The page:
As a result of this design, first of all a mounting bracket is provided between the one part and the vertebra, which for achieving the desired mobility allows a relative motion of the part with respect to the mounting bracket. Hence it is not necessary to move the part itself relative to the vertebra and in direct contact with same. The mounting bracket may therefore be permanently and stably attached to the vertebra, and thus via the part allows force to be introduced over a large area with a low surface pressure in order to avoid damaging the vertebra itself. This mobility provided in the spinal column is achieved by moving the part relative to the bearing seat, thereby allowing the desired tilting motions due to the fact that the mutually contacting surfaces of the bearing seat and part roll off one another as a result of the curvature of these correspondingly shaped surfaces. The mobility between the vertebrae adjoining the space may be achieved in principle by a bearing seat cooperating with a bearing surface. It is within the scope of the invention, and in fact is particularly preferred for two mounting brackets to be provided, one mounting bracket being attached to each of the vertebrae, and for each of the parts to have a curved bearing surface which corresponds to the associated bearing seat. This design achieves mobility at the edges of the space and prevents high bending stresses from occurring in the one vertebra or the adjacent part.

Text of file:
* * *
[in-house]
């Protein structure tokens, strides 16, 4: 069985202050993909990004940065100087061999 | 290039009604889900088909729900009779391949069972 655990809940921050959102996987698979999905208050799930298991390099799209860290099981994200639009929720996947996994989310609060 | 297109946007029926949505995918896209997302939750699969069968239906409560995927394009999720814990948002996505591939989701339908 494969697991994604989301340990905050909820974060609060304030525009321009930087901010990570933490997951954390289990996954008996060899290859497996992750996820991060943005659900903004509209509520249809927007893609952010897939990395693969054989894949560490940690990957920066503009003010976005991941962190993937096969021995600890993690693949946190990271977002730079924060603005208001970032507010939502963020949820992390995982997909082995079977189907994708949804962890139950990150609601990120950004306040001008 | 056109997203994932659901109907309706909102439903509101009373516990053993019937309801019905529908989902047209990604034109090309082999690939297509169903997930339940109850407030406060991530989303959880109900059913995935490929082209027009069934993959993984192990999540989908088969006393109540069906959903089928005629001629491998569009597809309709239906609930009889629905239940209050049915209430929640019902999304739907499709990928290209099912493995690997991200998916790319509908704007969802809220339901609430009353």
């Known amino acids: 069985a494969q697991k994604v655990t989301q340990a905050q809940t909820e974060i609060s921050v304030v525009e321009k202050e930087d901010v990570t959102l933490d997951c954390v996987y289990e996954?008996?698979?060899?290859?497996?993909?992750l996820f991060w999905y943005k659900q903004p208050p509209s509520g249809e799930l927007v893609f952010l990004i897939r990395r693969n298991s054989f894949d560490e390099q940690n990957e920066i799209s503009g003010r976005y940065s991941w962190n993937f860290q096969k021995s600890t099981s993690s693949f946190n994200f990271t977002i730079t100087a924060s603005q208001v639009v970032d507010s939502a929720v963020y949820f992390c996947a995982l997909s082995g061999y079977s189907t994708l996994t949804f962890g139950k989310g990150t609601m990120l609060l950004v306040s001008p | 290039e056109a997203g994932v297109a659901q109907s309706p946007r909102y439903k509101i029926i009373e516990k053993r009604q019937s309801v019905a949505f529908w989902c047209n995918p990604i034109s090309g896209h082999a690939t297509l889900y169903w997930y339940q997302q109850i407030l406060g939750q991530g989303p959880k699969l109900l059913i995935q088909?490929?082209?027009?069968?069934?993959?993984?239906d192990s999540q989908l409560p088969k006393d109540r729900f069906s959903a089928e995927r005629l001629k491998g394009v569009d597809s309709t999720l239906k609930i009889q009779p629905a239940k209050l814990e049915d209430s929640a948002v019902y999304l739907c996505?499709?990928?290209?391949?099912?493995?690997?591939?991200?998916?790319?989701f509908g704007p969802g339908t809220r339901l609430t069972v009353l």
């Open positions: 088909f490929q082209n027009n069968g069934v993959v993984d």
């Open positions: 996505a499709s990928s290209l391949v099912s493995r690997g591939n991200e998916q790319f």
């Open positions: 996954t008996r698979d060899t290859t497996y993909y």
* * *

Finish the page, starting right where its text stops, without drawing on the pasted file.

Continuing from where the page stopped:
Furthermore, within the scope of the invention the design is chosen so that the bearing seat has a concave curvature and the bearing surface has a convex curvature, so that the two parts together with the two bearing seats result in a type of ball-and-socket joint which permits mobility not only about a specified rotational axis, but also allows tilting motions as well as rotary motions of the spinal column.
When the radius of curvature of the bearing surface is the same for both of the parts, translation between the two bearing seats, and thus increased introduction of force into one of the bearing seats, is avoided.